In reference to "Richard Anderson, Delta Air Lines (5Q Interview)"
As a follow on to my earlier article last week about doing the math on distribution costs, I can't resist commenting on Delta spending $100 million on its website, or roughly $1 per passenger boarded, based on 2010 performance.
The premise here is presumably that Delta would hope that by investing this amount of money, that it would drive business directly to its website instead of other channels (including agencies, TMCs and OTAs). And of course, it would hope to save at least $100 million in distribution costs to cover the investment. Mr. Anderson, please correct me if I'm wrong.
If indeed the average booking fee to a GDS were say $5.00, that would be 20 million segments that they would need to shift to cover the investment. Since the average ticket has 2.6 segments, that would be approximately 7.6 million tickets. With just over 110 million passengers boarded annually on Delta, that is under 7% of their total volume.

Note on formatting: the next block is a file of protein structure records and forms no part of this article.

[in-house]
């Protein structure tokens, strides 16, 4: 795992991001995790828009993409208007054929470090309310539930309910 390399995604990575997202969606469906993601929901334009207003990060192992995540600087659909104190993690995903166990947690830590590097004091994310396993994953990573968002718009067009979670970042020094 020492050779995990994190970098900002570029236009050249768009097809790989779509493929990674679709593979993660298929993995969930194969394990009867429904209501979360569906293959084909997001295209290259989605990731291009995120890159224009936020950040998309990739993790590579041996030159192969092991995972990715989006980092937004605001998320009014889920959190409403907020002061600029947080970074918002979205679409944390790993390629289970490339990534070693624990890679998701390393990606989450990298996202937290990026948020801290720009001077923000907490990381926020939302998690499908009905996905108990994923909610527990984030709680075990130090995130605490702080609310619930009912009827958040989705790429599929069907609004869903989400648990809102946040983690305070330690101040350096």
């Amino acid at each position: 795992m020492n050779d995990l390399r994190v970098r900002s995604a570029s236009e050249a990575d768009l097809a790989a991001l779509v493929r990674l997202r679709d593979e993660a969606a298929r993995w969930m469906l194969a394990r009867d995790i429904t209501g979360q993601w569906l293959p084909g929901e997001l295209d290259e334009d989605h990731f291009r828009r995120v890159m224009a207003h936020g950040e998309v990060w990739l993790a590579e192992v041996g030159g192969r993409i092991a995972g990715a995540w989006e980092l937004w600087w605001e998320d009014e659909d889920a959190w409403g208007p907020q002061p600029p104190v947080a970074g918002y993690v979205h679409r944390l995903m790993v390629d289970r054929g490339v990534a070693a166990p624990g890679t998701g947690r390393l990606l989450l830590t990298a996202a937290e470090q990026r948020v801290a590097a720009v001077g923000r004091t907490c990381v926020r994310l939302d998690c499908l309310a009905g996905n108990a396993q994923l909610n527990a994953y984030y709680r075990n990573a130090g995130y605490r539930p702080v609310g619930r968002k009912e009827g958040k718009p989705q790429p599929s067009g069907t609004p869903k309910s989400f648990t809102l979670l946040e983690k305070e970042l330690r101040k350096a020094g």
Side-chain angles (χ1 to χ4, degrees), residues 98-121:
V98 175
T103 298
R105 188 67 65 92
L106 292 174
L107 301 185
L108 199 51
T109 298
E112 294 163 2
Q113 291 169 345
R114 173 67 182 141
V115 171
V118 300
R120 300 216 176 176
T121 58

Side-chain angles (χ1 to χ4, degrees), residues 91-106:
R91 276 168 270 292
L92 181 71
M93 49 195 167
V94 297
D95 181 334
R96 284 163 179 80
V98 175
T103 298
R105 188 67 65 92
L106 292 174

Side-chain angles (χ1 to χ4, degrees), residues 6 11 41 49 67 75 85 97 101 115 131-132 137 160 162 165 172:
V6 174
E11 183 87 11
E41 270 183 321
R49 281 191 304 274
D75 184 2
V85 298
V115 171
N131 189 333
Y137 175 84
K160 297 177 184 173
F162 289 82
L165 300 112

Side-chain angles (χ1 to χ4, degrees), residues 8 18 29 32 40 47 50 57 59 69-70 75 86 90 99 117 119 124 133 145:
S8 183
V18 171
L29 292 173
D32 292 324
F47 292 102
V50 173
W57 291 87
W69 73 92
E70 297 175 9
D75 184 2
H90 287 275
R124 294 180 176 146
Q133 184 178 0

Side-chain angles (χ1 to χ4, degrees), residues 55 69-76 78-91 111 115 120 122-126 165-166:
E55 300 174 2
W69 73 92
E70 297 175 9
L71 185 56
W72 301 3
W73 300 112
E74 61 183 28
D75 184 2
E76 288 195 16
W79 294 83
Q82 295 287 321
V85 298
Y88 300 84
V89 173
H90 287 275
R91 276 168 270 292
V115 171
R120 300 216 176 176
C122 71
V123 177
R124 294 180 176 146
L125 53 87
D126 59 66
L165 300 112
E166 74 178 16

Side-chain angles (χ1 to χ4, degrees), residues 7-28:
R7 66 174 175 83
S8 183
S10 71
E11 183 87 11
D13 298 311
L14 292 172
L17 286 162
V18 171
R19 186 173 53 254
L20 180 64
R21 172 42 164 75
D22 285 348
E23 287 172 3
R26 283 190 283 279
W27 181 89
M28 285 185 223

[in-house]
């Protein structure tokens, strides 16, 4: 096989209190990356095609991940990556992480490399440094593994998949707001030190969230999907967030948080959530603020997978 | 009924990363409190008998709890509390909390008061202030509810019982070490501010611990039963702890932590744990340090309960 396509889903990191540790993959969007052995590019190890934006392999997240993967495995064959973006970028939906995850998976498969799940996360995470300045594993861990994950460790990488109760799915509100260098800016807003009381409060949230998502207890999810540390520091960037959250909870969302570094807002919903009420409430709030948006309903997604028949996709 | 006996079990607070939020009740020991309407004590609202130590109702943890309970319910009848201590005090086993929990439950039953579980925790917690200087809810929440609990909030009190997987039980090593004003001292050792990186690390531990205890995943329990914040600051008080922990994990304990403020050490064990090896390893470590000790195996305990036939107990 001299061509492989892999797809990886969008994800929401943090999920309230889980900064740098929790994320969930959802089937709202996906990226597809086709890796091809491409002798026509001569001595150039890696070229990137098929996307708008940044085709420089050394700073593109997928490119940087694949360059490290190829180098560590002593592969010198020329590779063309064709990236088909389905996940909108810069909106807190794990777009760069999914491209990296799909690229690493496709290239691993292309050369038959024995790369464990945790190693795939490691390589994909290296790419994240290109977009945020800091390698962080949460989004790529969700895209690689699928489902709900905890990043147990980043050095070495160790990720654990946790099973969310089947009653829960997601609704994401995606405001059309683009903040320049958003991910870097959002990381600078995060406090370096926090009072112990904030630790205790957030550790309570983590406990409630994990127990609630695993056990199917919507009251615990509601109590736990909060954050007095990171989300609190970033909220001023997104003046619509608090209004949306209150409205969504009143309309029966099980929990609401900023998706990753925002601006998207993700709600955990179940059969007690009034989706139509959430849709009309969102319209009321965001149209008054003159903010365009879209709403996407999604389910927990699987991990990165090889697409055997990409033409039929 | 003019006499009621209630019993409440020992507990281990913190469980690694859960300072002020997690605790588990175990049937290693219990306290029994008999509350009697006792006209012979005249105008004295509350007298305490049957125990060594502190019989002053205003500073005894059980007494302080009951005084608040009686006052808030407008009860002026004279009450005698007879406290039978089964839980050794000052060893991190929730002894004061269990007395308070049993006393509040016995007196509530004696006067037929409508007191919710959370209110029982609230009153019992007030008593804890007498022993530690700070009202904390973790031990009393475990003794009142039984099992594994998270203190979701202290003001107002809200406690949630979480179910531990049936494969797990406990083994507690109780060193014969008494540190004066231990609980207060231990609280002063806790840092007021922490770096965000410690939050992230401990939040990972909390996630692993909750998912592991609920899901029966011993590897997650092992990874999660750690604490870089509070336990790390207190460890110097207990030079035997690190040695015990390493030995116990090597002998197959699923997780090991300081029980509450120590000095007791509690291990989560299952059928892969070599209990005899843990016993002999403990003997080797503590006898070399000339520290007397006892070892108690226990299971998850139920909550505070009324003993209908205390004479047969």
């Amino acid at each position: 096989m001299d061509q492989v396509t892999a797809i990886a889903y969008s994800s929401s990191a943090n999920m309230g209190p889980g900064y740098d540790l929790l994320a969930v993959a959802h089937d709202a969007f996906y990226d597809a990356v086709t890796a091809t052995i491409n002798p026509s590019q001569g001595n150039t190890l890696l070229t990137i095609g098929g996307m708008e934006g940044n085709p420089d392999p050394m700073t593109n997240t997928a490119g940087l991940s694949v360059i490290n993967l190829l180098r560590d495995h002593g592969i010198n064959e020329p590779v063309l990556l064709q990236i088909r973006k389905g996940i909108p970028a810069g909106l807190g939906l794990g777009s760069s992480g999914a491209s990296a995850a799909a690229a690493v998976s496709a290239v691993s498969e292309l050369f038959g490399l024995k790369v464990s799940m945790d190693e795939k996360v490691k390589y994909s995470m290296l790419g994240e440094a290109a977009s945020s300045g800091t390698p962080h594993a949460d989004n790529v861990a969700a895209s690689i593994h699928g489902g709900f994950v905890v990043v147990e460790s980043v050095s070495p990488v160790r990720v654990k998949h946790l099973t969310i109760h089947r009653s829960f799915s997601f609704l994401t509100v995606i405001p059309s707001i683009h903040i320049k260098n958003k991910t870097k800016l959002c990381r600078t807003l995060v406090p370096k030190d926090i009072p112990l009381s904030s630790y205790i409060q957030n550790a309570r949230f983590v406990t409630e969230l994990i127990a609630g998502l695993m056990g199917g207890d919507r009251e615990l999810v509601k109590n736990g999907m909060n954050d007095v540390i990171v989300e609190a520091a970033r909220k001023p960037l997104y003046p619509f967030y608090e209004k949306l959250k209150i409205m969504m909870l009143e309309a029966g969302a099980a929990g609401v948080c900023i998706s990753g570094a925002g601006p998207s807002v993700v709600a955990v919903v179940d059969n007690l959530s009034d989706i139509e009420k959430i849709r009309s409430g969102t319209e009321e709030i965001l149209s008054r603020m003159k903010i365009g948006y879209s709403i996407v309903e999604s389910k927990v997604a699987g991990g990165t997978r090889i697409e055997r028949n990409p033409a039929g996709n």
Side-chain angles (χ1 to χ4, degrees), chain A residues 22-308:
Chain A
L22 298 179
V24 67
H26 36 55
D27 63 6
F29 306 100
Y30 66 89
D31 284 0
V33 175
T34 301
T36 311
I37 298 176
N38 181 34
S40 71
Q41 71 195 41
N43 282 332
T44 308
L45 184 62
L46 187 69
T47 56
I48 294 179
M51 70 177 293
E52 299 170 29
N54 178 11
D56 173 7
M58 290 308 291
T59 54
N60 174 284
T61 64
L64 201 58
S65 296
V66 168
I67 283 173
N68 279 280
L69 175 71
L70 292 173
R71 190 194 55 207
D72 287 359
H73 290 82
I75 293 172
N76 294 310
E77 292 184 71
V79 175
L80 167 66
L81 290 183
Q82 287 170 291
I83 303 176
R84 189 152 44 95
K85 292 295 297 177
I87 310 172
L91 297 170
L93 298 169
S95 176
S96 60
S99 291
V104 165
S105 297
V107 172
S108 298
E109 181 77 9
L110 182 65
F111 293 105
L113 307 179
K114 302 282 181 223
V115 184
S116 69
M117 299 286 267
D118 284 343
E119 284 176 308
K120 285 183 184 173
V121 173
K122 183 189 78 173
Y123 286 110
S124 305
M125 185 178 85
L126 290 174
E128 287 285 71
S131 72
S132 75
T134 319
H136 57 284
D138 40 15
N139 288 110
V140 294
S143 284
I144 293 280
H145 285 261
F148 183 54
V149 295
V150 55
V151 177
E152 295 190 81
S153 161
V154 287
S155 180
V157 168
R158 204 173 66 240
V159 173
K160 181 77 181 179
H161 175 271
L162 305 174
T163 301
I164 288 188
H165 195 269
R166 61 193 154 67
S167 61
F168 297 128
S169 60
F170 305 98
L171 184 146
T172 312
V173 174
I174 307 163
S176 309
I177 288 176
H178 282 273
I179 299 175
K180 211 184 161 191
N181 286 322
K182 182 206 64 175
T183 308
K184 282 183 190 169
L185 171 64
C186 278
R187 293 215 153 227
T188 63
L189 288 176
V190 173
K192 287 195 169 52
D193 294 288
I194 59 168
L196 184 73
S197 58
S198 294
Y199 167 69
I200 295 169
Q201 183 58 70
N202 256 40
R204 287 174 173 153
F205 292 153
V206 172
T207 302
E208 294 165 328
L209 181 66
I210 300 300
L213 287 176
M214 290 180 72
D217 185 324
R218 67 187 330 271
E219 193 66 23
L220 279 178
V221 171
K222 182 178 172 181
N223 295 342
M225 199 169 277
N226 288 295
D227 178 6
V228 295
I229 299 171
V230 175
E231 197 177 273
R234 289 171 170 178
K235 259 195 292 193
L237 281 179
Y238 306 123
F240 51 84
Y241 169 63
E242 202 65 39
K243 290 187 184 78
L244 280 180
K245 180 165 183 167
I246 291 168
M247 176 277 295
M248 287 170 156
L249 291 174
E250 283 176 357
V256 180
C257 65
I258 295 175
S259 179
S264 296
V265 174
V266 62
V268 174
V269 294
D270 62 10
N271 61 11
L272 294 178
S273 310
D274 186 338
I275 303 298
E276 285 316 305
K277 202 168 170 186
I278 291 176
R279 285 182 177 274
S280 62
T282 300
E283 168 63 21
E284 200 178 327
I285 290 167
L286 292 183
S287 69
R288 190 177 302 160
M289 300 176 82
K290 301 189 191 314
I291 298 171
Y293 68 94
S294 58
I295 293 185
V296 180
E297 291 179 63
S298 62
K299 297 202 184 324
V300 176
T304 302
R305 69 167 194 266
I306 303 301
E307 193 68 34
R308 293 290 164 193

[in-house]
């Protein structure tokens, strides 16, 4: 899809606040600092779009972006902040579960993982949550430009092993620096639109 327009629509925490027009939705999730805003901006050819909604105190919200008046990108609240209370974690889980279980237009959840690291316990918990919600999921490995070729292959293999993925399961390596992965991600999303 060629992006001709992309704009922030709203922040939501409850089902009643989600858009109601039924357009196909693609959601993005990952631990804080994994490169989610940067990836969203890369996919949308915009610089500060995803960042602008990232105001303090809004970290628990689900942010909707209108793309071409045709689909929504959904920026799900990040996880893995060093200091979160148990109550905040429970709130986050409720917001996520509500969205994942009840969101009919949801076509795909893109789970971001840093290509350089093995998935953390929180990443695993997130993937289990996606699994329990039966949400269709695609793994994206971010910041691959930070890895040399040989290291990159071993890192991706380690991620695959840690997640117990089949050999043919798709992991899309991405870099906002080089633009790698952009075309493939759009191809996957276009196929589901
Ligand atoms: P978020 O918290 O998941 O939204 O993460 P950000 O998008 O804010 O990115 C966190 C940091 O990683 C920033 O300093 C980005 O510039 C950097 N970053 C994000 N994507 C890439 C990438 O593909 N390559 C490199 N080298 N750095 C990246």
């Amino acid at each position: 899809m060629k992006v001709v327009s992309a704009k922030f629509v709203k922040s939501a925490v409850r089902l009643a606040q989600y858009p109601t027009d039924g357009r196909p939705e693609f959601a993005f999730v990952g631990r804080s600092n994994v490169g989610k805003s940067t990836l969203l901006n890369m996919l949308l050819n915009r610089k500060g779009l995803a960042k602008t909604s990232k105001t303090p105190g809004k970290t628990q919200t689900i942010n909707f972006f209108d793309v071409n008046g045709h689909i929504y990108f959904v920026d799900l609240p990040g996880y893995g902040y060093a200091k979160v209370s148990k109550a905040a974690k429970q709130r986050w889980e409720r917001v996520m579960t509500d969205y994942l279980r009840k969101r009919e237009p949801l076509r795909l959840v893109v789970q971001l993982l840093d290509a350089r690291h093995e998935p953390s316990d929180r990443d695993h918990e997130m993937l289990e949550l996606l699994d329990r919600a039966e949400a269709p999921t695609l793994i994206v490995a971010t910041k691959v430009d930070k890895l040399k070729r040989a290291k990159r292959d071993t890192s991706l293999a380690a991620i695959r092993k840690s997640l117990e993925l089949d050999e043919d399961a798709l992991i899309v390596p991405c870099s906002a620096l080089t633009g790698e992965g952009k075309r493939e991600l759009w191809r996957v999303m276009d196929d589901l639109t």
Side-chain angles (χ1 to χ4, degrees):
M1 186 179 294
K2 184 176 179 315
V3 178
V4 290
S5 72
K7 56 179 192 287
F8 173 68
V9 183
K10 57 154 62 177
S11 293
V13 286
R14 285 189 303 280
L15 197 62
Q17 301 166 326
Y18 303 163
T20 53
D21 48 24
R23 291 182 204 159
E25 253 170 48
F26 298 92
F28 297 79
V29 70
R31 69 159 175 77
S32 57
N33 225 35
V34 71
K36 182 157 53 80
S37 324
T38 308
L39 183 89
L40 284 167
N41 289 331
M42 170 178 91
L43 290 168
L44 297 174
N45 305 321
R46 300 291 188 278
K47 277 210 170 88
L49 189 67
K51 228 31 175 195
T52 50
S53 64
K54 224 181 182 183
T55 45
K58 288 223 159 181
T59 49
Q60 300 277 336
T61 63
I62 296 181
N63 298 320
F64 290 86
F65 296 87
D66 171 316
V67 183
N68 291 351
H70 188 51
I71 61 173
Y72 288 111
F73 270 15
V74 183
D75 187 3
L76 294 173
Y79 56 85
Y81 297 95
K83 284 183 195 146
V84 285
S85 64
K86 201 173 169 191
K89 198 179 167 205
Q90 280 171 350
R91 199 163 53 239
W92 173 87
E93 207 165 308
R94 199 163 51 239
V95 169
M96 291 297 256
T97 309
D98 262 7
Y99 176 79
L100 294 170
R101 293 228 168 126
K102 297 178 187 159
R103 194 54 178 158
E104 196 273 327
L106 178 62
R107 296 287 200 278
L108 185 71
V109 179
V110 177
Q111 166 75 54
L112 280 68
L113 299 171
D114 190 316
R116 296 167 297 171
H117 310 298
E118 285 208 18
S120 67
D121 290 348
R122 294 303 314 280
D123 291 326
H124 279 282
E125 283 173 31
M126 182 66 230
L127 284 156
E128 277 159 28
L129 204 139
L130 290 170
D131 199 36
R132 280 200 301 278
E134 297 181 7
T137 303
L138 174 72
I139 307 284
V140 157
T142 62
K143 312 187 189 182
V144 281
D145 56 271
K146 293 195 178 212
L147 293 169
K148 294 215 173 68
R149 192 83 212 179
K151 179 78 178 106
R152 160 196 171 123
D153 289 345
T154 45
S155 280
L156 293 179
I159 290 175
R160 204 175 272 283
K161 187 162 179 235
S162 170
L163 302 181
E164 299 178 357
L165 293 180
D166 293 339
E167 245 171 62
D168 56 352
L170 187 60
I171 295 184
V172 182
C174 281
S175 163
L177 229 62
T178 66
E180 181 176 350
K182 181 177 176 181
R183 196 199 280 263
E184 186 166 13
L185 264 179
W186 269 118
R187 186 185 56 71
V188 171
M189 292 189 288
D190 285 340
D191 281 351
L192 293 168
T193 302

So it sounds logical that with a $100 million dollar investment, they could shift 7% from the GDS powered travel agency and travel management company channel. Right?
But if every ticket that is sold on the internet yields $26.49 less than the travel agency channel (which per ARC is the current delta between the ticket sold through the agency and the average online sale), then that is potentially a loss of $201 million on that channel shift decision. And since a big part of Delta's activity is international, the delta (pardon the pun) on those tickets is a minimum of $67.83 per international ticket more on tickets sold through brick and mortar agencies.
I would categorize that as an "unintended consequence" of the decision to draw more folks to Delta.com, but one that they company must seriously consider.
As an aside, according to Compete.com, in May 2011 Delta had 7,329,643 unique visitors to its website, up 15.63% month over month and down year over year 0.16%.
And I was just kidding about the $80 million, but seriously.... for $100 million you'd better end up with a really amazing website. And one would hope that it would have strong double digit conversion.
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